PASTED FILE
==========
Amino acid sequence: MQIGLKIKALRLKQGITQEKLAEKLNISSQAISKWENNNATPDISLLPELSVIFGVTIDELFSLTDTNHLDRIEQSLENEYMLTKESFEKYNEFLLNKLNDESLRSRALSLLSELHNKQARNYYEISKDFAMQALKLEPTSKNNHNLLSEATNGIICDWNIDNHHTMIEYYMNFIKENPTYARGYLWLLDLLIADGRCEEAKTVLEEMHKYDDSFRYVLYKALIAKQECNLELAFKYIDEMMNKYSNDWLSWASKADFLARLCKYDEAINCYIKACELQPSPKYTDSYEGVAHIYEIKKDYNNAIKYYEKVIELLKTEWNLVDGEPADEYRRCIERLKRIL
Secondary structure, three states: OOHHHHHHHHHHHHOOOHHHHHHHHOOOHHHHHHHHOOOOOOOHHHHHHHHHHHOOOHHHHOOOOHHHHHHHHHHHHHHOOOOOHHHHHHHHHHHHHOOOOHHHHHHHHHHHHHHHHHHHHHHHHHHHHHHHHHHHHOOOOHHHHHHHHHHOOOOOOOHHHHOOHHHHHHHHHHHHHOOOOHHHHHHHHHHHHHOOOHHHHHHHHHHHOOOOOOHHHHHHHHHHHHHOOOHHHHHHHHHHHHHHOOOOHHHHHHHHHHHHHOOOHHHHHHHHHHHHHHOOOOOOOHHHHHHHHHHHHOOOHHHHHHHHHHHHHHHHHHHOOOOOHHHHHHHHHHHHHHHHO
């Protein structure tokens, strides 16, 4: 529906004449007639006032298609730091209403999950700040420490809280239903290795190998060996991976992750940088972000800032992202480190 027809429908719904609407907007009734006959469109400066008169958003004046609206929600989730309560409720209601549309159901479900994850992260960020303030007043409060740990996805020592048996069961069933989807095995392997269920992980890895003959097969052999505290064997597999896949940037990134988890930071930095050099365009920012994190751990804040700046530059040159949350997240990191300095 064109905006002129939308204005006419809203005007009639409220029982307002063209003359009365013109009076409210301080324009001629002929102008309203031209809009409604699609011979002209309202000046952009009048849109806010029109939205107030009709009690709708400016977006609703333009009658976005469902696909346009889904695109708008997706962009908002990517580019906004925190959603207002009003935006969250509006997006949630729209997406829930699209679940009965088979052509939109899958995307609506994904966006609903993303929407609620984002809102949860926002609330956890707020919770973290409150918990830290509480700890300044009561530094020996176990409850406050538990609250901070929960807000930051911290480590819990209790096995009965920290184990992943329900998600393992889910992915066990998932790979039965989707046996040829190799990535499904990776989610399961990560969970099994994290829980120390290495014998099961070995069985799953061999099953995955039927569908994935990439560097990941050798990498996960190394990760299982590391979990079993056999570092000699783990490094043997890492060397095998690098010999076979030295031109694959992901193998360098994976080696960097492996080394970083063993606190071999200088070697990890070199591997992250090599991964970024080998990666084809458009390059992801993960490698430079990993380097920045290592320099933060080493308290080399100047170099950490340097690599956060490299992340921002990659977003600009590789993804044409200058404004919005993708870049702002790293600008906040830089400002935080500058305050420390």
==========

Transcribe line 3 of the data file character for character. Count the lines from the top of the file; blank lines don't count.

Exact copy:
């Protein structure tokens, strides 16, 4: 529906004449007639006032298609730091209403999950700040420490809280239903290795190998060996991976992750940088972000800032992202480190 027809429908719904609407907007009734006959469109400066008169958003004046609206929600989730309560409720209601549309159901479900994850992260960020303030007043409060740990996805020592048996069961069933989807095995392997269920992980890895003959097969052999505290064997597999896949940037990134988890930071930095050099365009920012994190751990804040700046530059040159949350997240990191300095 064109905006002129939308204005006419809203005007009639409220029982307002063209003359009365013109009076409210301080324009001629002929102008309203031209809009409604699609011979002209309202000046952009009048849109806010029109939205107030009709009690709708400016977006609703333009009658976005469902696909346009889904695109708008997706962009908002990517580019906004925190959603207002009003935006969250509006997006949630729209997406829930699209679940009965088979052509939109899958995307609506994904966006609903993303929407609620984002809102949860926002609330956890707020919770973290409150918990830290509480700890300044009561530094020996176990409850406050538990609250901070929960807000930051911290480590819990209790096995009965920290184990992943329900998600393992889910992915066990998932790979039965989707046996040829190799990535499904990776989610399961990560969970099994994290829980120390290495014998099961070995069985799953061999099953995955039927569908994935990439560097990941050798990498996960190394990760299982590391979990079993056999570092000699783990490094043997890492060397095998690098010999076979030295031109694959992901193998360098994976080696960097492996080394970083063993606190071999200088070697990890070199591997992250090599991964970024080998990666084809458009390059992801993960490698430079990993380097920045290592320099933060080493308290080399100047170099950490340097690599956060490299992340921002990659977003600009590789993804044409200058404004919005993708870049702002790293600008906040830089400002935080500058305050420390």